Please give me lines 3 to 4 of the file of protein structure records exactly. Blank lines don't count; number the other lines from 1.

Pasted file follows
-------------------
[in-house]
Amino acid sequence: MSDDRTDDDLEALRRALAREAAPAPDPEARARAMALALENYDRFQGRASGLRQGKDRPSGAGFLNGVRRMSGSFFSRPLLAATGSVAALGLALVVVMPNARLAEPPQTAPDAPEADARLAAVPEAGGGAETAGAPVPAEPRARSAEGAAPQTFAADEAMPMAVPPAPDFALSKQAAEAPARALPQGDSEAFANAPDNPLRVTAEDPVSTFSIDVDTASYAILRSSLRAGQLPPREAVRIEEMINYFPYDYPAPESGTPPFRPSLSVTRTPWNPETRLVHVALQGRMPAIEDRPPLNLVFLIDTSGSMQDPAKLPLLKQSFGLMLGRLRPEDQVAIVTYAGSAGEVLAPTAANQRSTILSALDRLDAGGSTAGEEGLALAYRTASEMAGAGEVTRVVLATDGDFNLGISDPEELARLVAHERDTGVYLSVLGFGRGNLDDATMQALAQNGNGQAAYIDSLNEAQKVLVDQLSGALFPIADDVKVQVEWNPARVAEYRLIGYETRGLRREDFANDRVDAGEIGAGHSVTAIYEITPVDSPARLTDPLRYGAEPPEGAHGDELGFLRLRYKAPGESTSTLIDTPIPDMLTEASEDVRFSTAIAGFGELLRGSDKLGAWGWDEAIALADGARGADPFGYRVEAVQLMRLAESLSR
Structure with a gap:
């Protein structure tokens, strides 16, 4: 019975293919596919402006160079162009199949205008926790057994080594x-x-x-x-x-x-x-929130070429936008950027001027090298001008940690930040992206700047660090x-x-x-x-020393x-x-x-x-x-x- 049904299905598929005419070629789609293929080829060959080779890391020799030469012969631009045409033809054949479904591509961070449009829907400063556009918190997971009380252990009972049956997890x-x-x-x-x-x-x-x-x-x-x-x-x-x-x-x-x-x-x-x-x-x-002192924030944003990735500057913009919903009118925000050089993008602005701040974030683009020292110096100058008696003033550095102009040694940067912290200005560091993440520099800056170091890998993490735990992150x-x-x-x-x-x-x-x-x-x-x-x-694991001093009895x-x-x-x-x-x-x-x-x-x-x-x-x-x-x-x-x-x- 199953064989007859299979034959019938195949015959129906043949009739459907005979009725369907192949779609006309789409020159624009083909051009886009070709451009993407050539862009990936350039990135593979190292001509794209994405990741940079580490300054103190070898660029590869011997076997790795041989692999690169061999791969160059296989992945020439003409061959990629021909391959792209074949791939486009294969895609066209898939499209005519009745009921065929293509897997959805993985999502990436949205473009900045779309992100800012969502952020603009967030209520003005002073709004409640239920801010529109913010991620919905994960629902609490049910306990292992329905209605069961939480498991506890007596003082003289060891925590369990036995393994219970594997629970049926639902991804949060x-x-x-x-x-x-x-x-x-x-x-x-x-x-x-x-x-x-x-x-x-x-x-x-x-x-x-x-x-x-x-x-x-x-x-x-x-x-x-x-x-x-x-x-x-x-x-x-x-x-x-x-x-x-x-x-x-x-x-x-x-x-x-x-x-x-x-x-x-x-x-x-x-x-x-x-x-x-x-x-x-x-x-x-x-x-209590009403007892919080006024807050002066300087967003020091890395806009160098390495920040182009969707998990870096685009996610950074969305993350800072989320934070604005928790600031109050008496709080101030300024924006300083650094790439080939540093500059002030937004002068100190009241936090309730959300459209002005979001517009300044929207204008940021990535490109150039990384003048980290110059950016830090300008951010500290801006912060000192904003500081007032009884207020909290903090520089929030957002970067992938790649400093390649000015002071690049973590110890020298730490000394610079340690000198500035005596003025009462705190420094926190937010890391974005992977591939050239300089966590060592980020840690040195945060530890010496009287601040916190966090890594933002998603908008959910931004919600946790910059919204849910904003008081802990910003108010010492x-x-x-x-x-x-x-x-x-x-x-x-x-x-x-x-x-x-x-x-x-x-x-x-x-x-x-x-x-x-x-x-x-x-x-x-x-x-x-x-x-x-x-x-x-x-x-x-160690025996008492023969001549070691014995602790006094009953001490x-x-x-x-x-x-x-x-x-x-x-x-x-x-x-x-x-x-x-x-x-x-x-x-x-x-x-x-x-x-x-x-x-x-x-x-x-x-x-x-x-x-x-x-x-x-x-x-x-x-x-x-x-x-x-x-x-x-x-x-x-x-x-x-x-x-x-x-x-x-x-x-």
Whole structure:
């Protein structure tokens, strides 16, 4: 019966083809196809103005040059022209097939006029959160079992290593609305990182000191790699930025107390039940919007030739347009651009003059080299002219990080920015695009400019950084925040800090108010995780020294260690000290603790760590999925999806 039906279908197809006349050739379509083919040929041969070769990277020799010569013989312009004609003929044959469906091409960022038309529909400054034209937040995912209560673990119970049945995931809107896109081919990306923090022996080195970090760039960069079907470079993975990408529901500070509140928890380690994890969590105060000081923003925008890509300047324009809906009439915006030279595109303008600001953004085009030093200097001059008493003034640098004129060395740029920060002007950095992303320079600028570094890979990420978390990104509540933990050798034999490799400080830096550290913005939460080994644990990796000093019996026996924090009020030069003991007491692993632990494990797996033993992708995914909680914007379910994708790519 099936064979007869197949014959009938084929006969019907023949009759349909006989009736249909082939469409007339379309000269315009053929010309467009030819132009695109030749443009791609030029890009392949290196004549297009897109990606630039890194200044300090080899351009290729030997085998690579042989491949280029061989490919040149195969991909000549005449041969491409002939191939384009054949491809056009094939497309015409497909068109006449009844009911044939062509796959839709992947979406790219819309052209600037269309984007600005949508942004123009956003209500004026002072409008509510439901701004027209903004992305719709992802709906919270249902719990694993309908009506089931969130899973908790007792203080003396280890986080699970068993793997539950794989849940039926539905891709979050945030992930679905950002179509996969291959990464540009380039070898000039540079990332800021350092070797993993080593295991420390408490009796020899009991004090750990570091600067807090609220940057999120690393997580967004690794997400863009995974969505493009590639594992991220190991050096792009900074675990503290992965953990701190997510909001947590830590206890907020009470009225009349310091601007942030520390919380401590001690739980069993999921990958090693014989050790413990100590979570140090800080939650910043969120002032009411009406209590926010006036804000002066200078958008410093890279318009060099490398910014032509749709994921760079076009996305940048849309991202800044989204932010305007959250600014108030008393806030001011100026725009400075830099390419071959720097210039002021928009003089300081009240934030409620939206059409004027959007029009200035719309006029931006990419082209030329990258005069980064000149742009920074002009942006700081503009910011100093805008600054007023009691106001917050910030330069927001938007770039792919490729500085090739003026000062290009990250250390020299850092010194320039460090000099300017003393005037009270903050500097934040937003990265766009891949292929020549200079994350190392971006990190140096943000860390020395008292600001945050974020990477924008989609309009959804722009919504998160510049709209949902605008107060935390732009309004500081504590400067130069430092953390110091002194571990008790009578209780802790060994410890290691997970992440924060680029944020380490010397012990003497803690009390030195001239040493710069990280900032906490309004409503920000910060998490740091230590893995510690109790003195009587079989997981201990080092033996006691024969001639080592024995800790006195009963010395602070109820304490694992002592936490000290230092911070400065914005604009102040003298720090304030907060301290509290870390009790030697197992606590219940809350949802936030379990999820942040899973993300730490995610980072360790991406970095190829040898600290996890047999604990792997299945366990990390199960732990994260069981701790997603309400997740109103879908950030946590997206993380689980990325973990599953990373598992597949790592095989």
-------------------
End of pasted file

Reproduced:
Structure with a gap:
């Protein structure tokens, strides 16, 4: 019975293919596919402006160079162009199949205008926790057994080594x-x-x-x-x-x-x-929130070429936008950027001027090298001008940690930040992206700047660090x-x-x-x-020393x-x-x-x-x-x- 049904299905598929005419070629789609293929080829060959080779890391020799030469012969631009045409033809054949479904591509961070449009829907400063556009918190997971009380252990009972049956997890x-x-x-x-x-x-x-x-x-x-x-x-x-x-x-x-x-x-x-x-x-x-002192924030944003990735500057913009919903009118925000050089993008602005701040974030683009020292110096100058008696003033550095102009040694940067912290200005560091993440520099800056170091890998993490735990992150x-x-x-x-x-x-x-x-x-x-x-x-694991001093009895x-x-x-x-x-x-x-x-x-x-x-x-x-x-x-x-x-x- 199953064989007859299979034959019938195949015959129906043949009739459907005979009725369907192949779609006309789409020159624009083909051009886009070709451009993407050539862009990936350039990135593979190292001509794209994405990741940079580490300054103190070898660029590869011997076997790795041989692999690169061999791969160059296989992945020439003409061959990629021909391959792209074949791939486009294969895609066209898939499209005519009745009921065929293509897997959805993985999502990436949205473009900045779309992100800012969502952020603009967030209520003005002073709004409640239920801010529109913010991620919905994960629902609490049910306990292992329905209605069961939480498991506890007596003082003289060891925590369990036995393994219970594997629970049926639902991804949060x-x-x-x-x-x-x-x-x-x-x-x-x-x-x-x-x-x-x-x-x-x-x-x-x-x-x-x-x-x-x-x-x-x-x-x-x-x-x-x-x-x-x-x-x-x-x-x-x-x-x-x-x-x-x-x-x-x-x-x-x-x-x-x-x-x-x-x-x-x-x-x-x-x-x-x-x-x-x-x-x-x-x-x-x-x-209590009403007892919080006024807050002066300087967003020091890395806009160098390495920040182009969707998990870096685009996610950074969305993350800072989320934070604005928790600031109050008496709080101030300024924006300083650094790439080939540093500059002030937004002068100190009241936090309730959300459209002005979001517009300044929207204008940021990535490109150039990384003048980290110059950016830090300008951010500290801006912060000192904003500081007032009884207020909290903090520089929030957002970067992938790649400093390649000015002071690049973590110890020298730490000394610079340690000198500035005596003025009462705190420094926190937010890391974005992977591939050239300089966590060592980020840690040195945060530890010496009287601040916190966090890594933002998603908008959910931004919600946790910059919204849910904003008081802990910003108010010492x-x-x-x-x-x-x-x-x-x-x-x-x-x-x-x-x-x-x-x-x-x-x-x-x-x-x-x-x-x-x-x-x-x-x-x-x-x-x-x-x-x-x-x-x-x-x-x-160690025996008492023969001549070691014995602790006094009953001490x-x-x-x-x-x-x-x-x-x-x-x-x-x-x-x-x-x-x-x-x-x-x-x-x-x-x-x-x-x-x-x-x-x-x-x-x-x-x-x-x-x-x-x-x-x-x-x-x-x-x-x-x-x-x-x-x-x-x-x-x-x-x-x-x-x-x-x-x-x-x-x-």